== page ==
The Site Selection of the Longman Nuclear Power Plant in Taiwan

Title:

The Site Selection of the Longman Nuclear Power Plant in Taiwan

Authors: Jui-Pin Wang (Department of Civil and Environmental Engineering, The Hong Kong University of Science and Technology, Hong Kong, China);
Yun Xu (Department of Civil and Environmental Engineering, The Hong Kong University of Science and Technology, Hong Kong, China).
Issue: Vol 1, No 4 (2012)
Pages: 251-256
Section: Case Study
DOI: http://dx.doi.org/10.7492/IJAEC.2012.027
Citation: Jui-Pin Wang and Yun Xu (2012). "The Site Selection of the Longman Nuclear Power Plant in Taiwan." International Journal of Architecture, Engineering and Construction, 1(4), 251-256.
Publisher: International Association for Sustainable Development and Management (IASDM)
Abstract: Taiwan is located in an active seismicity region with more than thousands of events occurring every year in average. On the other hand, this small inland is a home of around 23-million people, and nearly 20% of the daily activity is powered by the three existing nuclear power plants (NPPs), with a new one under construction located in Northeastern Taiwan, which is officially referred to as the Longman nuclear power plant, also known as the "fourth NPP" or the "NPP 4" locally. However, when seeing the seismicity in the last 110 years, one can not help but wonder how the decision-making process finalizes such a location for such a critical structure. As a result, the underlying scope of this study is to discuss the site selection with the fundamentals of engineering decision-making given three prior objectives: maximizing the design safety, minimizing the construction cost, and minimizing the risk. Given the NPP 4 following the same earthquake-resistant design in Taiwan, the construction cost is very likely the same as building other NPPs, but owing to the high earthquake potential in Northeastern Taiwan, the risk should be higher than those located in North Taiwan and South Taiwan. Therefore, without further information, possibly confidential, being available at this moment, we must conclude that the NPP 4 site in Taiwan is not an optimal location with a scientific, engineering decision-making analysis given the earthquake activity and seismic hazard. We hope and believe that such a decision was made with a condition that the NPP 4 was constructed with a strict standard to compensate the high seismicity around the site. Under the circumstance, the location would be a logical option with the risk being minimized to an acceptable level, regardless of the construction cost.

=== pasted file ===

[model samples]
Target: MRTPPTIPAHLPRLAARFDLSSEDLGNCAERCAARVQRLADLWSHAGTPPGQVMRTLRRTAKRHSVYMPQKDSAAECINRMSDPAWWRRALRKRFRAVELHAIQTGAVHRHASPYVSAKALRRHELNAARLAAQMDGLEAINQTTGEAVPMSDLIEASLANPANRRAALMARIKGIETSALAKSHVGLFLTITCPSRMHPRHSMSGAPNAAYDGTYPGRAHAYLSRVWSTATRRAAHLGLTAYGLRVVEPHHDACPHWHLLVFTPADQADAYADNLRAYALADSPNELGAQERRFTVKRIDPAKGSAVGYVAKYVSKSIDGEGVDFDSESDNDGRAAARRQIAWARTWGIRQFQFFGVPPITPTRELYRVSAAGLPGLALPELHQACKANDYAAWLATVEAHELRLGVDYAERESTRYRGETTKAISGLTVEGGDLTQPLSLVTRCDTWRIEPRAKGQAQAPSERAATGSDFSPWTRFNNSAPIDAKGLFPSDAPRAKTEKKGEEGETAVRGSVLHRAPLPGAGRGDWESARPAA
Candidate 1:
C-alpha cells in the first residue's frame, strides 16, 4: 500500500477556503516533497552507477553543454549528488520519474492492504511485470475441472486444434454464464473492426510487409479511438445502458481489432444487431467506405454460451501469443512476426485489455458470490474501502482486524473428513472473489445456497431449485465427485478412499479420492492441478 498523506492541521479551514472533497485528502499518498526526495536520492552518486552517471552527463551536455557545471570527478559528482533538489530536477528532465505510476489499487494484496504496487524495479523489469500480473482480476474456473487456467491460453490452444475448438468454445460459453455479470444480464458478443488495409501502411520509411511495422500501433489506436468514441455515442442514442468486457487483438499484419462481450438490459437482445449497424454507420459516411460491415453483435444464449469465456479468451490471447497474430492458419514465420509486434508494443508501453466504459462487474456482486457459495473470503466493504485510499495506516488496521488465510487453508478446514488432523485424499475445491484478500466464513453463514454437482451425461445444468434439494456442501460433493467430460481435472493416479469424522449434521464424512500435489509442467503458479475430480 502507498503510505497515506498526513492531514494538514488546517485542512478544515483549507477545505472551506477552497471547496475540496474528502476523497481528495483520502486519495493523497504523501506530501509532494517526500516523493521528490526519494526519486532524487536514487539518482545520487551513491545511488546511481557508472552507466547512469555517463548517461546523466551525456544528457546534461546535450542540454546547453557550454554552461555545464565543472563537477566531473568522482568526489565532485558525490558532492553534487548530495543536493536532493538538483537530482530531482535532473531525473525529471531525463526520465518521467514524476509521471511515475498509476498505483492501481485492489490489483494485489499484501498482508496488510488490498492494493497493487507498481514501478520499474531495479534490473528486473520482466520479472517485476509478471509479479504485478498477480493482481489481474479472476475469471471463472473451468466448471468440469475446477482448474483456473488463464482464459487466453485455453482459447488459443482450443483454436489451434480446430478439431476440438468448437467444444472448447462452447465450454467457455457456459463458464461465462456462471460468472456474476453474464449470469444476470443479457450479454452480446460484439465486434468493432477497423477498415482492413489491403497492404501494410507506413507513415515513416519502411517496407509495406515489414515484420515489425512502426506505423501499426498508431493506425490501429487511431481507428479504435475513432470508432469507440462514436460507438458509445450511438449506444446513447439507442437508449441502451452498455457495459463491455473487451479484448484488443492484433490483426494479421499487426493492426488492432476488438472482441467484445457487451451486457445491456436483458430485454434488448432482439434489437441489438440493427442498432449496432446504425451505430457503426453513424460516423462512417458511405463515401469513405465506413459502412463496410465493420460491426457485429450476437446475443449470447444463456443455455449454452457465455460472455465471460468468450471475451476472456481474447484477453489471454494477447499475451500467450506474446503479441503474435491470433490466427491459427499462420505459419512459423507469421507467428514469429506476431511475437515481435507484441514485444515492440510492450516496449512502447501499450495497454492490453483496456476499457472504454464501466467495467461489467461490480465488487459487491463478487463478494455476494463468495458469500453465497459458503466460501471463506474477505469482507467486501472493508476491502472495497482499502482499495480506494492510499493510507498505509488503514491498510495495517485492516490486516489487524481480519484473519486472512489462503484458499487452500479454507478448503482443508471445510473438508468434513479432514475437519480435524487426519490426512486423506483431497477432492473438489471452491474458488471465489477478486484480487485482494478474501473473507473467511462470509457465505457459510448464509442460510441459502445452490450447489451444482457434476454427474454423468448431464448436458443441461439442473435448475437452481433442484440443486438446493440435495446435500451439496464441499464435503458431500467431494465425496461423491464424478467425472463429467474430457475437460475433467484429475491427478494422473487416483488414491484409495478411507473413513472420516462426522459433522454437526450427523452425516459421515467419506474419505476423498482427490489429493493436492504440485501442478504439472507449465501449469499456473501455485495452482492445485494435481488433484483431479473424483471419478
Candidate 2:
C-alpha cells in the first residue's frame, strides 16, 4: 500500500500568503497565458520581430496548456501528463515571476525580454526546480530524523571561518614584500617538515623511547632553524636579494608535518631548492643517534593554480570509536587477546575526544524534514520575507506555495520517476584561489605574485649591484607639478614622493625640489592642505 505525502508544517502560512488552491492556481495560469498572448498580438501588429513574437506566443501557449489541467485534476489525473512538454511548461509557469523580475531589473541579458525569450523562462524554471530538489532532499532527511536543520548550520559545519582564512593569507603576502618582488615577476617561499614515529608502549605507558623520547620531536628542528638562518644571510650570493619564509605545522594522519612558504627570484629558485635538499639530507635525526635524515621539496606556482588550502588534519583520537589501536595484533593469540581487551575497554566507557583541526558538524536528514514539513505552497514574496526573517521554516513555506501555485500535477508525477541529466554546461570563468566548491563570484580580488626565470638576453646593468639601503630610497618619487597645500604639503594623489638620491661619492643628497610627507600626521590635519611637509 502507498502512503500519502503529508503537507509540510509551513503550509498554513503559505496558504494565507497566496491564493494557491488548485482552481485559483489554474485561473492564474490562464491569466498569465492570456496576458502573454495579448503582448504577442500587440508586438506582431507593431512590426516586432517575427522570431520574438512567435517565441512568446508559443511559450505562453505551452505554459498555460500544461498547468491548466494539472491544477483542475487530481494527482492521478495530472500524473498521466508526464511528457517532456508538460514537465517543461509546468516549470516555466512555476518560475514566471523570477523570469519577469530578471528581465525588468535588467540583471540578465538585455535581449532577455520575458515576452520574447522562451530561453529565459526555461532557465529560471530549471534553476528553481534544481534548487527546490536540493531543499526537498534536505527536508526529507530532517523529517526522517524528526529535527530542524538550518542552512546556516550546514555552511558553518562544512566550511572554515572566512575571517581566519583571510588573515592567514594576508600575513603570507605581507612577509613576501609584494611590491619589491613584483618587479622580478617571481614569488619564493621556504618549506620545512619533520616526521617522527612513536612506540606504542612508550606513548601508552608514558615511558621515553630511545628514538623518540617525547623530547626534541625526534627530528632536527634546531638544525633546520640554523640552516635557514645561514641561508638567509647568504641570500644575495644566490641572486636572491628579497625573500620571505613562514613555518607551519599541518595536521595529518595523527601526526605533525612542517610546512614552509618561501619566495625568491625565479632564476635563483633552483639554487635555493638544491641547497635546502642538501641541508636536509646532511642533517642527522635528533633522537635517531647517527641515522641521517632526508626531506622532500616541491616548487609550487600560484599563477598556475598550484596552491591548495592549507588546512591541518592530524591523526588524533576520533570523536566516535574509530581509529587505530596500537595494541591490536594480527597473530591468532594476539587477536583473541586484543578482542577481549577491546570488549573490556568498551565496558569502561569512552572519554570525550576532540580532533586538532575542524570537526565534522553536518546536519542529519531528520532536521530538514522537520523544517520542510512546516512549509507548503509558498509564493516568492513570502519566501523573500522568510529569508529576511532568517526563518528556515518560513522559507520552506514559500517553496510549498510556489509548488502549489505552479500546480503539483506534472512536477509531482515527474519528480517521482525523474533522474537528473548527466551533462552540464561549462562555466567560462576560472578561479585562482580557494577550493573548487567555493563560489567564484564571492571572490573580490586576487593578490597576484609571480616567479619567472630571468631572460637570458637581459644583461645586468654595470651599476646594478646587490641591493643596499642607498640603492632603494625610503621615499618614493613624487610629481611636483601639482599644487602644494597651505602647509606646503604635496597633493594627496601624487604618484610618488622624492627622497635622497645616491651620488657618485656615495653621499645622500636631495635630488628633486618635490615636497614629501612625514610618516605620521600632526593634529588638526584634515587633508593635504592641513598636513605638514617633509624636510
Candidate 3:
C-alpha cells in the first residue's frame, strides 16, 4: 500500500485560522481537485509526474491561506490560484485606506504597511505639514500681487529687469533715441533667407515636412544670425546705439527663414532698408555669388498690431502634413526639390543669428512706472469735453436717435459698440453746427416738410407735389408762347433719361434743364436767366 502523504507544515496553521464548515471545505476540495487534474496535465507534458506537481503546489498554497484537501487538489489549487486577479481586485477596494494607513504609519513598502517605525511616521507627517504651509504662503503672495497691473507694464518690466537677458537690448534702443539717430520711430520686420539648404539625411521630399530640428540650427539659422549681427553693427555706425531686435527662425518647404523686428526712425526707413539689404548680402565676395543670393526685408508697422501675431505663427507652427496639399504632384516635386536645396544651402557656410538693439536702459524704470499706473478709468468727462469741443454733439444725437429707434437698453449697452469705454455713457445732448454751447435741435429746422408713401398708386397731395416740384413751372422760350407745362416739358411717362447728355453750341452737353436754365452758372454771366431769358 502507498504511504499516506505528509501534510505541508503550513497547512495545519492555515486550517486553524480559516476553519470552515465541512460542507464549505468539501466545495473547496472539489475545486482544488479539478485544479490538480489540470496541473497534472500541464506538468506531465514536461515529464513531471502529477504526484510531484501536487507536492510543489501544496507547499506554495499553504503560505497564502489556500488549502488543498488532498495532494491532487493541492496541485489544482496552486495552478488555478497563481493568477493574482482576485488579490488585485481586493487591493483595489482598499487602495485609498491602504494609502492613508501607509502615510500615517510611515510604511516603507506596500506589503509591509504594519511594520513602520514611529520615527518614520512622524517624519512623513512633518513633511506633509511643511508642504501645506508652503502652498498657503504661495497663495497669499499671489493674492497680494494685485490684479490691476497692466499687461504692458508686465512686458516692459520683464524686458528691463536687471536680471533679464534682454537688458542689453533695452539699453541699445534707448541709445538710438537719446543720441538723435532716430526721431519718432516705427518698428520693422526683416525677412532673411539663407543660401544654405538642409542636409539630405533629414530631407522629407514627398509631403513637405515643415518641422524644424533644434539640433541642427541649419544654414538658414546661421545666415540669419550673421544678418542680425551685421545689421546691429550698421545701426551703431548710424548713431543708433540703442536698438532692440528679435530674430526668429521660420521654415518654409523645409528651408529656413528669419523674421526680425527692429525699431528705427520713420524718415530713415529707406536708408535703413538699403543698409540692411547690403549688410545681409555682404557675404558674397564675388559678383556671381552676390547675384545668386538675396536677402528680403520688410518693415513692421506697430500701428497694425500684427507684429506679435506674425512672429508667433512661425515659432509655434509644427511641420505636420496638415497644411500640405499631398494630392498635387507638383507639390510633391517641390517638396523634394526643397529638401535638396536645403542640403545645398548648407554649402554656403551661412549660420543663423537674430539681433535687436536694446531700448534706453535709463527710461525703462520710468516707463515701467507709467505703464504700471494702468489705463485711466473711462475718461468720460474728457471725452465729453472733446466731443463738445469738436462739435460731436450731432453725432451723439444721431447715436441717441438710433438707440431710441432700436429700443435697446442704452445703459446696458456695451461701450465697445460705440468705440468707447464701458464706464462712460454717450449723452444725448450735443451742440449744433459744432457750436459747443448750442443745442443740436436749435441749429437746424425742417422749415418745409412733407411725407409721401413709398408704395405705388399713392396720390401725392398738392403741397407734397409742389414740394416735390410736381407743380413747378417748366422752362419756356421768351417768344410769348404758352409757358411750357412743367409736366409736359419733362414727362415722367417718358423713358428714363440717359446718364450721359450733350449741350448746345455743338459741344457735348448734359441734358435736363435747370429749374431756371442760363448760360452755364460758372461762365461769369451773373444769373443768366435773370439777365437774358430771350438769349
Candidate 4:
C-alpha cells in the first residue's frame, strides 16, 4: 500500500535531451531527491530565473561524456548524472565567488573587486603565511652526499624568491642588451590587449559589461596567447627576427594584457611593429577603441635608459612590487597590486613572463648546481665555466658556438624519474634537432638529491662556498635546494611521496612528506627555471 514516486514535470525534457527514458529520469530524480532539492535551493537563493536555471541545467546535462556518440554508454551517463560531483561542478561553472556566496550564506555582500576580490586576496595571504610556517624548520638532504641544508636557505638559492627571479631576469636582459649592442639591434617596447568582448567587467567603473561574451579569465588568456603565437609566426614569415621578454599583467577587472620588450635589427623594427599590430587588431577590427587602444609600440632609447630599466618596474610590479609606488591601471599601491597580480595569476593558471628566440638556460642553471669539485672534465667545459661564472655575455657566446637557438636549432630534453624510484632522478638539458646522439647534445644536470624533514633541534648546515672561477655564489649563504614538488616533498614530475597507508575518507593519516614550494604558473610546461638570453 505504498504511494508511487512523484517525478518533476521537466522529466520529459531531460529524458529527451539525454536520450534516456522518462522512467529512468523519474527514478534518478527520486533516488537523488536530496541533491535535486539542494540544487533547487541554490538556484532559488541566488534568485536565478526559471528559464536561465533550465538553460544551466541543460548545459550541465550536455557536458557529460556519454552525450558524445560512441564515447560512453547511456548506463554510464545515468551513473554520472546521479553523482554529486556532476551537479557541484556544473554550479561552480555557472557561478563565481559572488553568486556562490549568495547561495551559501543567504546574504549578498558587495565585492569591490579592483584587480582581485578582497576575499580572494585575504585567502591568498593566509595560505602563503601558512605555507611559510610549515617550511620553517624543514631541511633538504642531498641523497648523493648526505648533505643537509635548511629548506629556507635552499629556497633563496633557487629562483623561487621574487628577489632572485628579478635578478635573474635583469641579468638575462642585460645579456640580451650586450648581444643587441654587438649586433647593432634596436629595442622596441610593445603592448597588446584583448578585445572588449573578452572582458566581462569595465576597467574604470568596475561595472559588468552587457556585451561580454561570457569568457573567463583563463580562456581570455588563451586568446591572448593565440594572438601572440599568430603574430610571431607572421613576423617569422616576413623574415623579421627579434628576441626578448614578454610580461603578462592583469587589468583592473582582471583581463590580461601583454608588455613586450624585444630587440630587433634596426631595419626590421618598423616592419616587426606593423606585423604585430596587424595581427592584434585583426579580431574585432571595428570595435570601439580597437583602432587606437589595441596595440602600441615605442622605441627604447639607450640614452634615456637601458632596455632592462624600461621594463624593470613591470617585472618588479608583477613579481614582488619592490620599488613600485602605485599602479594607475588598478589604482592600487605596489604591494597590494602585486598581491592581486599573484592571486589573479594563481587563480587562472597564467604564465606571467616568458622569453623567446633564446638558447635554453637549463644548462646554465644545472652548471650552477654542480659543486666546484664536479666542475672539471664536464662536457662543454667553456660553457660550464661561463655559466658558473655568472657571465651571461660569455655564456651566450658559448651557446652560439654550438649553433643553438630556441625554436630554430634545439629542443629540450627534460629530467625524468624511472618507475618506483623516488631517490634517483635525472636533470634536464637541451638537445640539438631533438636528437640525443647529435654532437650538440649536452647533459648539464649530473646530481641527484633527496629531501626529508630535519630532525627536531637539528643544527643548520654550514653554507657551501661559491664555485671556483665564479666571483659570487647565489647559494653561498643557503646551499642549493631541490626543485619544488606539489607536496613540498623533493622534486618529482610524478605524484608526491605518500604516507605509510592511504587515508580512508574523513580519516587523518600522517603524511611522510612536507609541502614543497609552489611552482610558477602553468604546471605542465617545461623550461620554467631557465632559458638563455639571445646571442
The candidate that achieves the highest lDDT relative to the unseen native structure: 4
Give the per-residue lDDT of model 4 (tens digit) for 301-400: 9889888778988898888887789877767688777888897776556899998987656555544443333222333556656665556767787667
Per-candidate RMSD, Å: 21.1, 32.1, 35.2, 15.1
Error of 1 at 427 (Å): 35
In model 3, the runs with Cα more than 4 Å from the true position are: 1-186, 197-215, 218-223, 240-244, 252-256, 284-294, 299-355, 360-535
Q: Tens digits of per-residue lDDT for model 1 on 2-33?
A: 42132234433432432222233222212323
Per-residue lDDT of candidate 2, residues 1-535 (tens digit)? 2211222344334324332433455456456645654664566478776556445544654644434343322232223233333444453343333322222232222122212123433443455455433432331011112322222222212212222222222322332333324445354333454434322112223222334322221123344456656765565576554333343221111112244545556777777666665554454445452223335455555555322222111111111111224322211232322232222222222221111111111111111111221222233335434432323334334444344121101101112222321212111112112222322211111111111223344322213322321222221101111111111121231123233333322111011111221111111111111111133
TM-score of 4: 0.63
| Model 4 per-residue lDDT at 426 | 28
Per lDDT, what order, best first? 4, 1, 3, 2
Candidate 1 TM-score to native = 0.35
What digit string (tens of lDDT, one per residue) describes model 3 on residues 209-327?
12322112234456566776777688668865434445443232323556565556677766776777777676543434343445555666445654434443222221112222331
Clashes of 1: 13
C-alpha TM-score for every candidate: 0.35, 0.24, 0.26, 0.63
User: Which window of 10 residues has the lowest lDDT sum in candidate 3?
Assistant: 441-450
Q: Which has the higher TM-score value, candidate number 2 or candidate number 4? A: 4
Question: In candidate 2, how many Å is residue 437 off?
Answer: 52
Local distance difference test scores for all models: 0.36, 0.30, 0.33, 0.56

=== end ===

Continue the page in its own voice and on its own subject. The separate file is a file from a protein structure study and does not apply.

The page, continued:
Keywords: Nuclear power plant, Taiwan, earthquake, decision-making.
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